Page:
Pens' GM Shero dismisses Crosby reports
Monday played out like a game of "Fact or Fiction" regarding concussed Penguins superstar Sidney Crosby.
The facts, provided by coach Dan Bylsma, were a lot less attention-grabbing than the fiction provided by speculation on the Internet that Crosby would not play again this season.
"That really has not been a topic of conversation or a thought," Bylsma said. "When the doctor told us he had a mild concussion, we were not expecting it to last this long."
Crosby has not played, practiced or engaged in any strenuous activity since Jan. 5, when he was driven from behind into the boards at Consol Energy Center by Tampa Bay defenseman Victor Hedman. He had also been clipped from the blind side by Washington Capitals left wing David Steckel during the NHL Winter Classic on New Year's Day.
Multiple sources said over the weekend that Crosby would not resume normal exercise activity for seven to 10 days, and that the Penguins do not expect him to play against until at least March.
Nobody within Crosby's camp has ruled out the possibility he could miss the remainder of this season, including the playoffs - but only because recovery from concussions is impossible to predict.
Penguins general manager Ray Shero said "nothing has changed" regarding the status of Crosby, who is not symptom free and remains cleared for only light exercise.
Bylsma said Crosby, the NHL leader in goals and points at the time of his injury, will return to Pittsburgh "sometime this week" after spending the last several days resting at home in Cole Harbour, Nova Scotia.
"There wasn't a definite date or day," Bylsma said. "Right now there's not a lot of contact; he's in contact with (Penguins head trainer Chris Stewart) every other day just to let him know how he's feeling.
"There's really not a time frame at this point for getting him back into town, and any kind of timetable (for a return to playing)."
The Penguins must keep playing without Crosby and fellow former scoring-champion center Evgeni Malkin, who is out for the season because of torn right knee ligaments. They are also down third-line center Mark Letestu, a promising rookie who had posted 10 goals.
Combined, their three injured centers have produced 57 goals, or 34.8 percent of their offense.
Even for a squad that rated second overall at 2.22 goals against, playing without players who have contributed that much offense seemingly should be a concern.
"You know, there's not a lot of worry offensively," left wing Matt Cooke said. "We're in a situation right now where we have to try to approach it like we have to win games 1-0 - not because we can't score, but because we're giving ourselves the best chance to win by playing that way."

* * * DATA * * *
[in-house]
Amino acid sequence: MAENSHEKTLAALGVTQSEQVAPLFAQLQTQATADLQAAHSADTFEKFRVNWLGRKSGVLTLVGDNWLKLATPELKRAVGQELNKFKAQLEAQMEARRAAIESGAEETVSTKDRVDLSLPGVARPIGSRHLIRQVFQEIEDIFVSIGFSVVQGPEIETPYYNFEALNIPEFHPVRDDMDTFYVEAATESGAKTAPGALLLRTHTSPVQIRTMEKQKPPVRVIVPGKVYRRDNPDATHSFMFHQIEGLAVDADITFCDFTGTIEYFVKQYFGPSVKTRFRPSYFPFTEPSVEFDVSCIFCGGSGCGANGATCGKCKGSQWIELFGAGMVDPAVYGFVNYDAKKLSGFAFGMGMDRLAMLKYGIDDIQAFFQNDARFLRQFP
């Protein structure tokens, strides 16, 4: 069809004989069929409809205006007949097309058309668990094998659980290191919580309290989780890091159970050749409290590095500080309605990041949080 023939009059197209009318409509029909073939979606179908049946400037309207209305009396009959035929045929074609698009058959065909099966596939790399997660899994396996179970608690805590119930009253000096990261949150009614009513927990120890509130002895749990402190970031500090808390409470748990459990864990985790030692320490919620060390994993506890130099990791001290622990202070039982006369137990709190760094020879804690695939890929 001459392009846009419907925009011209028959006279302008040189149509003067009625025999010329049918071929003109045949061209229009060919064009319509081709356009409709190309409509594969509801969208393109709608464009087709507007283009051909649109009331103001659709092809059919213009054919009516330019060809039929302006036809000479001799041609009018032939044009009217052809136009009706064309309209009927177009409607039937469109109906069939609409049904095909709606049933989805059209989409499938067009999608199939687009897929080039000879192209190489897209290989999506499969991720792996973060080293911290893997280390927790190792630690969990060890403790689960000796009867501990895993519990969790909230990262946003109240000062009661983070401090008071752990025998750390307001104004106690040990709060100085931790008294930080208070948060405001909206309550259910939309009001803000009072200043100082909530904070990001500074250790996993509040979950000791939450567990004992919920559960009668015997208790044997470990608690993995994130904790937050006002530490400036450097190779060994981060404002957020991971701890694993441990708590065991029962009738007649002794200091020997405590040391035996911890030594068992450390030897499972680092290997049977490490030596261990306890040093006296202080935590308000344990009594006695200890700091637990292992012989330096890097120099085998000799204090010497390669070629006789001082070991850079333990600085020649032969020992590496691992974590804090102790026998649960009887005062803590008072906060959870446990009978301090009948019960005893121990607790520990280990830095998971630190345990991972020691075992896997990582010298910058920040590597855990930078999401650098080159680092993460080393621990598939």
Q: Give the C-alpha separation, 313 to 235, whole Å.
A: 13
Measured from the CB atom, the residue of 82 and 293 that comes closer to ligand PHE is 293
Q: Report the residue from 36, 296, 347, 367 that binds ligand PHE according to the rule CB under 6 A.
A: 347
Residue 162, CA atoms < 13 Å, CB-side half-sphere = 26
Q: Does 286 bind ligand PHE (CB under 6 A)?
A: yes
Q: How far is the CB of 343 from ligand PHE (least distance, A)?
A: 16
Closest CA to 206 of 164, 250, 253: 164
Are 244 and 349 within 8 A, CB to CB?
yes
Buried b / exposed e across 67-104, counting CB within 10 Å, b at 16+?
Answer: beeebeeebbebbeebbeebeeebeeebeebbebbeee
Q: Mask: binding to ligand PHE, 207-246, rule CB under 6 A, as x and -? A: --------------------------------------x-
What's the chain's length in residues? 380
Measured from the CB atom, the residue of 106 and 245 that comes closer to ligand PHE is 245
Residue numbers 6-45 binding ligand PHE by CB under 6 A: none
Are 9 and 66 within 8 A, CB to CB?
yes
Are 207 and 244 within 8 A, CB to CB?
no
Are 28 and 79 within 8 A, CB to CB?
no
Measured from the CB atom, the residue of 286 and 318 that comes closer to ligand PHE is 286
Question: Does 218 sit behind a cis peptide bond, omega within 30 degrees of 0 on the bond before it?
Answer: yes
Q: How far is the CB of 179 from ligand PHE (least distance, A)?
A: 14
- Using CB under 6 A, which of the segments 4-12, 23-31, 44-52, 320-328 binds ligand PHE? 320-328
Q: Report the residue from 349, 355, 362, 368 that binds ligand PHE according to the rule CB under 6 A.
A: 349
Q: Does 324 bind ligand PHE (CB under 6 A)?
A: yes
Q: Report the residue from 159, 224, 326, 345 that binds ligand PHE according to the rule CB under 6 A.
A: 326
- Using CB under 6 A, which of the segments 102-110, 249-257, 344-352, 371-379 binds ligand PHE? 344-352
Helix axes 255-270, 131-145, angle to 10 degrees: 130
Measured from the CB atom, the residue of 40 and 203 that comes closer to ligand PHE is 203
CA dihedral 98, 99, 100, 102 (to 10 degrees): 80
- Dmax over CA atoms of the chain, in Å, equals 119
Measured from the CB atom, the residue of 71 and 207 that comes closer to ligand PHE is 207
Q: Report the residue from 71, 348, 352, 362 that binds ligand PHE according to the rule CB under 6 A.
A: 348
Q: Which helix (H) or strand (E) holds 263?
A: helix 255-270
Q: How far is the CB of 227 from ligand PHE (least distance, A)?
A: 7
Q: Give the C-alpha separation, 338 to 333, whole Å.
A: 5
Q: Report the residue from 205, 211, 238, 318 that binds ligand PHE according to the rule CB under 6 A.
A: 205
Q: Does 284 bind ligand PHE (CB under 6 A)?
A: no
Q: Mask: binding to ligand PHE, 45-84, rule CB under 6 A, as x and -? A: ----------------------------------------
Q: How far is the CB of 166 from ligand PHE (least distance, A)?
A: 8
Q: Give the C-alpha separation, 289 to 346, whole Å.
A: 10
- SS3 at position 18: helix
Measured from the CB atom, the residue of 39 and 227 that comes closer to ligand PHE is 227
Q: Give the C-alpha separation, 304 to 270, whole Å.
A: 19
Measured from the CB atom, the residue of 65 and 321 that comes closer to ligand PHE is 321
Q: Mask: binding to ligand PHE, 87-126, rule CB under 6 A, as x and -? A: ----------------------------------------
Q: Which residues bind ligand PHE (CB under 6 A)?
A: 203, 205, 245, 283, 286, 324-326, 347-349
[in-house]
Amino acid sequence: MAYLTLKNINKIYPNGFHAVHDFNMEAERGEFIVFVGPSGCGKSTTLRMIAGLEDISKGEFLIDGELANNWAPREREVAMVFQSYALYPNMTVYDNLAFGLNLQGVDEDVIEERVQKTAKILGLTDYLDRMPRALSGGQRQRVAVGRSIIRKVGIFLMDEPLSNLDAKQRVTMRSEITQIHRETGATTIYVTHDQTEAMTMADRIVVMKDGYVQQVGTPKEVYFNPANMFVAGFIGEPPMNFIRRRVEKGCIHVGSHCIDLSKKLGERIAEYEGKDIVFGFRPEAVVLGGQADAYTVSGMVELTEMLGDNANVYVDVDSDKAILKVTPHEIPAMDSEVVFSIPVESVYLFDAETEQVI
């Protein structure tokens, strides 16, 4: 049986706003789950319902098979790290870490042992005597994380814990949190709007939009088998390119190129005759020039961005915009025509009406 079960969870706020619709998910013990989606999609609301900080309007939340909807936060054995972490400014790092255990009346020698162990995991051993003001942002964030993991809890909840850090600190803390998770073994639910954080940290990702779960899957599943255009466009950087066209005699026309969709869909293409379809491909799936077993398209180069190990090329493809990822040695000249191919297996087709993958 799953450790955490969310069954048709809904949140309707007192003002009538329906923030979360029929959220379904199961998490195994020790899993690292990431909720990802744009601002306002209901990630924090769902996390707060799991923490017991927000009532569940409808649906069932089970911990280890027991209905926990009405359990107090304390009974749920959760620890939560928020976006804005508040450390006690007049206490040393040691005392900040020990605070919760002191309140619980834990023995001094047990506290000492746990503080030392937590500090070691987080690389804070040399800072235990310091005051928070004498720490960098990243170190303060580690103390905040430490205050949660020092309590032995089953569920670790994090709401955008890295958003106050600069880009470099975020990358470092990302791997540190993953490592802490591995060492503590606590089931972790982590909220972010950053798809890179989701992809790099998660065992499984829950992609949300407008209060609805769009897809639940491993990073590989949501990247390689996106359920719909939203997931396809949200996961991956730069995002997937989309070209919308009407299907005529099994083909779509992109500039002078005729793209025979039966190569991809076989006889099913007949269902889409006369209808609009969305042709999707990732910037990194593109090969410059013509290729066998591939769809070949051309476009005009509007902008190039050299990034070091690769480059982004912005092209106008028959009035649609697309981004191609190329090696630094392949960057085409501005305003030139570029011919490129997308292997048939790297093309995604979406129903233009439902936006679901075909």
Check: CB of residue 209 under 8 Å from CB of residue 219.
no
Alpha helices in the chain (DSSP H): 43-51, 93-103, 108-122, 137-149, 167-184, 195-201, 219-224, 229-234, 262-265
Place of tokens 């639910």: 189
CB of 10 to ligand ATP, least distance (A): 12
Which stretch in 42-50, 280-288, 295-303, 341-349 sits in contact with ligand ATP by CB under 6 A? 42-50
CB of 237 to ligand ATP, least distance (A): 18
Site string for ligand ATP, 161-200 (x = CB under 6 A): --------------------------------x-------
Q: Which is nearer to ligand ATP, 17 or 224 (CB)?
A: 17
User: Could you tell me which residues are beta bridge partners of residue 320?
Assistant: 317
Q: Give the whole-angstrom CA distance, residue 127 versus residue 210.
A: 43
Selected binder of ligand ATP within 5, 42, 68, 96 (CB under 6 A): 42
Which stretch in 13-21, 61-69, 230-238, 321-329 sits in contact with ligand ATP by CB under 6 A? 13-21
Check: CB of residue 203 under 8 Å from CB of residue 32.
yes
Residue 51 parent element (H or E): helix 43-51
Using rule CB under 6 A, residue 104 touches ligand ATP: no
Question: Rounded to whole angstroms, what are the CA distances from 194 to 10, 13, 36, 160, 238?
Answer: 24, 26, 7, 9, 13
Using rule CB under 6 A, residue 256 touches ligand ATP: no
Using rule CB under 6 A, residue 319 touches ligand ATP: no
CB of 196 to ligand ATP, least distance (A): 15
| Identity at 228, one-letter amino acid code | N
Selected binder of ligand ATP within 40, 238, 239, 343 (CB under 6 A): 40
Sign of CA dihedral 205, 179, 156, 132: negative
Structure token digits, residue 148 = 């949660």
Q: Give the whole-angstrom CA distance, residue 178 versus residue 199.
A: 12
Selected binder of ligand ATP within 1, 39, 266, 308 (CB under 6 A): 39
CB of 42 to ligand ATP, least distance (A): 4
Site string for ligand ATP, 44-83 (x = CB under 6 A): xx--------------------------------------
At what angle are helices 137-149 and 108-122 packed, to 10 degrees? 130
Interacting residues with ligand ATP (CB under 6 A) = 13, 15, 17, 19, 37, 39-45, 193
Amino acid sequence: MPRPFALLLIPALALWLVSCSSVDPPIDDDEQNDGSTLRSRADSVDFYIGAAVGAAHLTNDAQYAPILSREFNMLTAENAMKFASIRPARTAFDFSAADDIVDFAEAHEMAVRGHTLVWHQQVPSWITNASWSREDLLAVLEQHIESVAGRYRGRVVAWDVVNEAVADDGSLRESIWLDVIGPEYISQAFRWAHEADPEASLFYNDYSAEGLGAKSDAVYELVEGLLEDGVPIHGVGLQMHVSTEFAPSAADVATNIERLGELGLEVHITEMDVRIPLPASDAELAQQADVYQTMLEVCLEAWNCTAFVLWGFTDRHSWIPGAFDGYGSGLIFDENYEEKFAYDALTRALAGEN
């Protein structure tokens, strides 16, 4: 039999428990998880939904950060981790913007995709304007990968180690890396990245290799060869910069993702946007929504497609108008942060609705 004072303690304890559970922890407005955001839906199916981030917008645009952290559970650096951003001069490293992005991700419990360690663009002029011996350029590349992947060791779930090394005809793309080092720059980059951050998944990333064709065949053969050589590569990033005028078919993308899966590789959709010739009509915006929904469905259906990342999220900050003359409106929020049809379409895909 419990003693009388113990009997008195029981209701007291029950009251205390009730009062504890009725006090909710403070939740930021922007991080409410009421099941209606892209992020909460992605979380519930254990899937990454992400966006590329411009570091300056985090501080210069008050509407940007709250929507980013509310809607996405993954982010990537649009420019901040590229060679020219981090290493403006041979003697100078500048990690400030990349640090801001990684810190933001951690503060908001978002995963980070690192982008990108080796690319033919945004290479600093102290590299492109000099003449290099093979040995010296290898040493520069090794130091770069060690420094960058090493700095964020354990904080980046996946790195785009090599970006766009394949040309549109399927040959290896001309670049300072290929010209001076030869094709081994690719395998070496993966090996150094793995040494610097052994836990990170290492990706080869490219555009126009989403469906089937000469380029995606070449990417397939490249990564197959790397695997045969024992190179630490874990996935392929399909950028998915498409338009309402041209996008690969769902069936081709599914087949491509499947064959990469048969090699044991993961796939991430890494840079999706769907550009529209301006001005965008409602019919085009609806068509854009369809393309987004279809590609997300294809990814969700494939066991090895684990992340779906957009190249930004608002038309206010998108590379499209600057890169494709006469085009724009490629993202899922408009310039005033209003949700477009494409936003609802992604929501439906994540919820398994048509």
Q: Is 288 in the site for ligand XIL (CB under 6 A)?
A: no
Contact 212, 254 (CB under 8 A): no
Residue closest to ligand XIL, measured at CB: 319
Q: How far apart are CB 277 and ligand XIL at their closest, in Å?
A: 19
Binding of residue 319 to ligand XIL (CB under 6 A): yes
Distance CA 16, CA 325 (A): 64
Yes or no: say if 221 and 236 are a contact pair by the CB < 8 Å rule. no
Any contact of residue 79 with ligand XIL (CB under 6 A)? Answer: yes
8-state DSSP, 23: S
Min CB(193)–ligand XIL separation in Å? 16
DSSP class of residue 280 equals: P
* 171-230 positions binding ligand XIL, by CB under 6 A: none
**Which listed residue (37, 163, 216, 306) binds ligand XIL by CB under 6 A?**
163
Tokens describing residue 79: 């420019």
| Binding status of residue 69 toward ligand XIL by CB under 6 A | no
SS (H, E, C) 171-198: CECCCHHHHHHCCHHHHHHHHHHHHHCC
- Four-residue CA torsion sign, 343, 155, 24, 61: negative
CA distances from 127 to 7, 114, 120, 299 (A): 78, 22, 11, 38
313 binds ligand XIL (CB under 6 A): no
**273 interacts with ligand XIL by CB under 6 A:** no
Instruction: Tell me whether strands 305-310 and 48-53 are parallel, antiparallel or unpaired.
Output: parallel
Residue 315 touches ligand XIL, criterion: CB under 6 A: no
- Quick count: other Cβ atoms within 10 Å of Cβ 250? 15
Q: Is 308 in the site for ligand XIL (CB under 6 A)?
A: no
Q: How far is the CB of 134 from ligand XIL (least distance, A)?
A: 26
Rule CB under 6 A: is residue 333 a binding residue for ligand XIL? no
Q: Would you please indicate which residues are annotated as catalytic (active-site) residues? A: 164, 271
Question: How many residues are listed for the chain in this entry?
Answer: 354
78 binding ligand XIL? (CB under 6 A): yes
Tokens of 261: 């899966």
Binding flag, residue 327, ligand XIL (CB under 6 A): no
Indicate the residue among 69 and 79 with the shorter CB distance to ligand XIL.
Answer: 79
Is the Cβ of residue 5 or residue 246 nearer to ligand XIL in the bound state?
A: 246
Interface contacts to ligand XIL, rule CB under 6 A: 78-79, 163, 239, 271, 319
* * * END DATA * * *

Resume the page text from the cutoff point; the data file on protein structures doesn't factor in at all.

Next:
Arguably, the Penguins' best chance to create scoring chances rests on the shoulders of Kris Letang, Alex Goligoski and Paul Martin. This trio of offensively gifted defensemen has combined for 19 goals and, more notably, 69 assists.
Letang rates first, Goligoski second and Martin fourth among currently healthy Penguins in terms of assists.
Letang said they can "do a better job of reading the play and joining the rush."
"But that's a tough game to play," he said. "If you start taking chances, and you end up trailing, that's when you need to score goals — and we don't have Geno and Sid, so (comebacks) will be tougher."Additional Information:
vs. BLUE JACKETS
7 p.m. today • Consol Energy Center
(FSN PITTSBURGH/WXDX-FM 105.9 and the Penguins Radio Network)
Season series: Penguins lead, 1-0-0. They won at Columbus, 7-2, on Dec. 4. Defenseman Paul Martin scored twice.
Who to watch: Right wing R.J. Umberber, a Plum native, recorded his second four-point game with the Blue Jackets on Saturday.
Trends: Columbus is 8-2-1 against Eastern Conference teams. ... The Blues Jackets are on a 5-2-2 run. ... Left wing Kristian Huselius scored twice Saturday after he was a healthy scratch Friday.
Show commenting policy
TribLive commenting policy
You are solely responsible for your comments and by using TribLive.com you agree to our Terms of Service.
We moderate comments. Our goal is to provide substantive commentary for a general readership. By screening submissions, we provide a space where readers can share intelligent and informed commentary that enhances the quality of our news and information.
While most comments will be posted if they are on-topic and not abusive, moderating decisions are subjective. We will make them as carefully and consistently as we can. Because of the volume of reader comments, we cannot review individual moderation decisions with readers.
We value thoughtful comments representing a range of views that make their point quickly and politely. We make an effort to protect discussions from repeated comments either by the same reader or different readers.
We follow the same standards for taste as the daily newspaper. A few things we won't tolerate: personal attacks, obscenity, vulgarity, profanity (including expletives and letters followed by dashes), commercial promotion, impersonations, incoherence, proselytizing and SHOUTING. Don't include URLs to Web sites.
We do not edit comments. They are either approved or deleted. We reserve the right to edit a comment that is quoted or excerpted in an article. In this case, we may fix spelling and punctuation.
We welcome strong opinions and criticism of our work, but we don't want comments to become bogged down with discussions of our policies and we will moderate accordingly.
We appreciate it when readers and people quoted in articles or blog posts point out errors of fact or emphasis and will investigate all assertions. But these suggestions should be sent via e-mail. To avoid distracting other readers, we won't publish comments that suggest a correction. Instead, corrections will be made in a blog post or in an article.